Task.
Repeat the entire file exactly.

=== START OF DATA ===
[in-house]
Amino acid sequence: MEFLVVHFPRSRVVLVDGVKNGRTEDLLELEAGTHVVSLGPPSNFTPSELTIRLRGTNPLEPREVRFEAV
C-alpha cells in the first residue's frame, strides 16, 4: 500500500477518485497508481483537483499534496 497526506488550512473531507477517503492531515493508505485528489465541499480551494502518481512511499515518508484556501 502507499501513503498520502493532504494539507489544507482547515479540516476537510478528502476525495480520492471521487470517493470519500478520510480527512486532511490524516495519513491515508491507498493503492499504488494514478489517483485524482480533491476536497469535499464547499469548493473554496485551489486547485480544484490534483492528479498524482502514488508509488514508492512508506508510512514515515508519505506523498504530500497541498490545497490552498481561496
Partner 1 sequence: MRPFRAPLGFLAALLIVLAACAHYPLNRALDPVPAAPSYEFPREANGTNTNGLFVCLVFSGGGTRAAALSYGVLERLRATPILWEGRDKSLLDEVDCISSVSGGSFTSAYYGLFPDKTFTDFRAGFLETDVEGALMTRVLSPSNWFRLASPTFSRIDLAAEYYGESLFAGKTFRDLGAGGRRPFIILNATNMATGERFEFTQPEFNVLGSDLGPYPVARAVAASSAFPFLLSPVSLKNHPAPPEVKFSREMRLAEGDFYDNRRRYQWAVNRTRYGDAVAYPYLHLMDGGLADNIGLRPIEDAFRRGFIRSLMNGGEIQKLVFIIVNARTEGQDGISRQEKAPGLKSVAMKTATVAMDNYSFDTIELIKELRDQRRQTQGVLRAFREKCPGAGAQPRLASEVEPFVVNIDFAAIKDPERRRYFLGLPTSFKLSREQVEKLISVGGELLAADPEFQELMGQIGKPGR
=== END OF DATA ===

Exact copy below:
[in-house]
Amino acid sequence: MEFLVVHFPRSRVVLVDGVKNGRTEDLLELEAGTHVVSLGPPSNFTPSELTIRLRGTNPLEPREVRFEAV
C-alpha cells in the first residue's frame, strides 16, 4: 500500500477518485497508481483537483499534496 497526506488550512473531507477517503492531515493508505485528489465541499480551494502518481512511499515518508484556501 502507499501513503498520502493532504494539507489544507482547515479540516476537510478528502476525495480520492471521487470517493470519500478520510480527512486532511490524516495519513491515508491507498493503492499504488494514478489517483485524482480533491476536497469535499464547499469548493473554496485551489486547485480544484490534483492528479498524482502514488508509488514508492512508506508510512514515515508519505506523498504530500497541498490545497490552498481561496
Partner 1 sequence: MRPFRAPLGFLAALLIVLAACAHYPLNRALDPVPAAPSYEFPREANGTNTNGLFVCLVFSGGGTRAAALSYGVLERLRATPILWEGRDKSLLDEVDCISSVSGGSFTSAYYGLFPDKTFTDFRAGFLETDVEGALMTRVLSPSNWFRLASPTFSRIDLAAEYYGESLFAGKTFRDLGAGGRRPFIILNATNMATGERFEFTQPEFNVLGSDLGPYPVARAVAASSAFPFLLSPVSLKNHPAPPEVKFSREMRLAEGDFYDNRRRYQWAVNRTRYGDAVAYPYLHLMDGGLADNIGLRPIEDAFRRGFIRSLMNGGEIQKLVFIIVNARTEGQDGISRQEKAPGLKSVAMKTATVAMDNYSFDTIELIKELRDQRRQTQGVLRAFREKCPGAGAQPRLASEVEPFVVNIDFAAIKDPERRRYFLGLPTSFKLSREQVEKLISVGGELLAADPEFQELMGQIGKPGR